"The ideas of economists and political philosophers … are more powerful than is commonly understood. Indeed the world is ruled by little else. Practical men who believe themselves to be quite exempt from any intellectual influences, are usually the slaves of some defunct economist." - John Maynard Keynes, The General Theory of Employment Interest and Money (1936)
In economics, hope and faith coexist with great scientific pretension and also a deep desire for respectability. - J.K.Galbraith, New York Times Magazine (June 1970)
The policy community praises the ideal of “evidence-based” policy – policy with a solid research base. In the real world, however, we all know that public policies, as implemented, are more often than not only vaguely related to research results and the best available data.
Political parties are focused on achieving power. The opinions of voters have shown themselves to be highly malleable. So, instead of investing in policy research and promoting its results and the policies they suggest, governments have of late opted for investing in the science of manipulating public opinion, a science that is now highly sophisticated, but chiefly available to those of above average means.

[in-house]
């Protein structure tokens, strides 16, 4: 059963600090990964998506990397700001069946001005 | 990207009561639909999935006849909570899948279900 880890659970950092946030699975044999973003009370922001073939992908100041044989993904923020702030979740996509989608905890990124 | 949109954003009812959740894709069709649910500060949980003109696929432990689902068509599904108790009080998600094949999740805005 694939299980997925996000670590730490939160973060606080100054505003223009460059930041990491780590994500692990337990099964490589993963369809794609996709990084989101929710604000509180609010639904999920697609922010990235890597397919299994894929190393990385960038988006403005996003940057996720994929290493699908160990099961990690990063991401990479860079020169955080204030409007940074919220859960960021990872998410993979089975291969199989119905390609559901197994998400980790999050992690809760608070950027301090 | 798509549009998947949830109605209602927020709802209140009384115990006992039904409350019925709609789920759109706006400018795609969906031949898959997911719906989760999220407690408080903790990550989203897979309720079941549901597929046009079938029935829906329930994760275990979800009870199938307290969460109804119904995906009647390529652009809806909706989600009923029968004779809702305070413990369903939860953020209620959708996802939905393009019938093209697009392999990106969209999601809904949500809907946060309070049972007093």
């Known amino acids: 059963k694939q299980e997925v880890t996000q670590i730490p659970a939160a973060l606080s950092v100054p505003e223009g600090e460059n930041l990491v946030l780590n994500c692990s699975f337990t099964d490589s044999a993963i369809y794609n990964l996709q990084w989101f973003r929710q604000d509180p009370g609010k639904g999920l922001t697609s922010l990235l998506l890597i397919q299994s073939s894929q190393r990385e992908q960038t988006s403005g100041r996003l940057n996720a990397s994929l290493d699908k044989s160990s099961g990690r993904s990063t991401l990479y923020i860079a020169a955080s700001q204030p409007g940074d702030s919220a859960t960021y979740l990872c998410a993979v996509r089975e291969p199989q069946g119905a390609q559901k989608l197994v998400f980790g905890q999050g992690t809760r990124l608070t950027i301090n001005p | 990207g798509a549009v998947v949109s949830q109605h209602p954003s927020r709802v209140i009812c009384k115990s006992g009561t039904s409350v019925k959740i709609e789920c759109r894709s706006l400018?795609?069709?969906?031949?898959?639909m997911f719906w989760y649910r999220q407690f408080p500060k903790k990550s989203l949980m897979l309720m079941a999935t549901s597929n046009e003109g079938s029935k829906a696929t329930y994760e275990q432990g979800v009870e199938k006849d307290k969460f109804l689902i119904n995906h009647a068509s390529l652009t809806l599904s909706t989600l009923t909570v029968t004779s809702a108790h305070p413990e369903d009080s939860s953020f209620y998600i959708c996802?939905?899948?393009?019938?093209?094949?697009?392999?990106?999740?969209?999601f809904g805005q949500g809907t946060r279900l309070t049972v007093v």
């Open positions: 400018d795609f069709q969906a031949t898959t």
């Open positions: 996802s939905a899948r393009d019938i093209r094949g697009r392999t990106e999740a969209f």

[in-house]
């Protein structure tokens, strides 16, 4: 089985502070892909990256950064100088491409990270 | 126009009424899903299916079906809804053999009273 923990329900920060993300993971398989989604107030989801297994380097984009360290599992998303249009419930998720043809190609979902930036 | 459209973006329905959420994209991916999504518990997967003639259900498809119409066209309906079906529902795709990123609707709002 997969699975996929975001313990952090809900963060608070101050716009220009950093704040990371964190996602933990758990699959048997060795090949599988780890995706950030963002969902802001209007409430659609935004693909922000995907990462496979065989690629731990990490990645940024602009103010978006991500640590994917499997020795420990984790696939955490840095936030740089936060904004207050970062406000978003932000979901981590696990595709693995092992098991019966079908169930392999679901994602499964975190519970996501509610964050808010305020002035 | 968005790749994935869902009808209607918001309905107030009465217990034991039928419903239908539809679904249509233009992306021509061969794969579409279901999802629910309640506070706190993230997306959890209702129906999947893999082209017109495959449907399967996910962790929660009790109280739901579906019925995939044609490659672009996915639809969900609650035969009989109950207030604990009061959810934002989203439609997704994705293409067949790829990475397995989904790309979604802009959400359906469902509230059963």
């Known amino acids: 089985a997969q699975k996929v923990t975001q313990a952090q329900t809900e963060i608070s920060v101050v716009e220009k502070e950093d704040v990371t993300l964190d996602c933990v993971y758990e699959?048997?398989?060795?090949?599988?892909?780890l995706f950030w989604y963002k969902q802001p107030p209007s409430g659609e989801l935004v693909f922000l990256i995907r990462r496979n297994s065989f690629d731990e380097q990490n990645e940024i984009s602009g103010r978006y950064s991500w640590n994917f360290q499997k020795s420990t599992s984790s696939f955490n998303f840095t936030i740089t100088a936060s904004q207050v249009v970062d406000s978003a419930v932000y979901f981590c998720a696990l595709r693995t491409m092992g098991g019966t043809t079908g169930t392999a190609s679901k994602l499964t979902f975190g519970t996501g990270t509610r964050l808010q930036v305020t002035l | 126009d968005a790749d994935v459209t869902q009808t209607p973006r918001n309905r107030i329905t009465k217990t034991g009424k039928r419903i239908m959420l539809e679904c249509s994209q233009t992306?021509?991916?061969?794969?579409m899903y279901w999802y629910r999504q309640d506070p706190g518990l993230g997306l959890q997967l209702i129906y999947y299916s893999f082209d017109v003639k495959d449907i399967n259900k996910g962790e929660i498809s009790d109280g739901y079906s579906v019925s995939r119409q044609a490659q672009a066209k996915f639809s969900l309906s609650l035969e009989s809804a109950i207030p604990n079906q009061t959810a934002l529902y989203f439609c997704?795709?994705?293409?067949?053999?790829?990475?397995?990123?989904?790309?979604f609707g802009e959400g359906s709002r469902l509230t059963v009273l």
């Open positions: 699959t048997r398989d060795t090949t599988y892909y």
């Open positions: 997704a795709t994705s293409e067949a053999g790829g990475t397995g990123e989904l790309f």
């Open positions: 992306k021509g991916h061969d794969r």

A true democracy is a messy ongoing battle among competing, often conflicting, interests. That being the case, equality must be more than an economic objective, it is a political necessity if our democracy is to function effectively. Without concerted effort and constant vigilance, democratic values can’t survive inequalities of power and influence.
Economic inequality is almost always reflected in political inequality. Rising economic inequality like that Canada has experienced over the past three decades has been accompanied by growing political inequality and a rising disaffection with the political process on the part of many Canadians, especially the youngest generations. Few Canadians today realistically expect to compete with the political power wielded by major corporations, the major media outlets that largely publish and broadcast their perspectives, or their lobbyists who dominate the political hallways of access between elections.
Canadians under 45 years of age are unlikely to have adult experience of other than a neo-conservative political and policy environment, one that prefers simplistic dichotomies, that pits the citizen against her government, public against private interest, and sees public investment as less economic than private investment. The important truths discovered in more than half a century of experimentation with public finance and the initiation of major social programs in the mid-20th century, the realization that good social policy is good economic policy, await rediscovery it seems.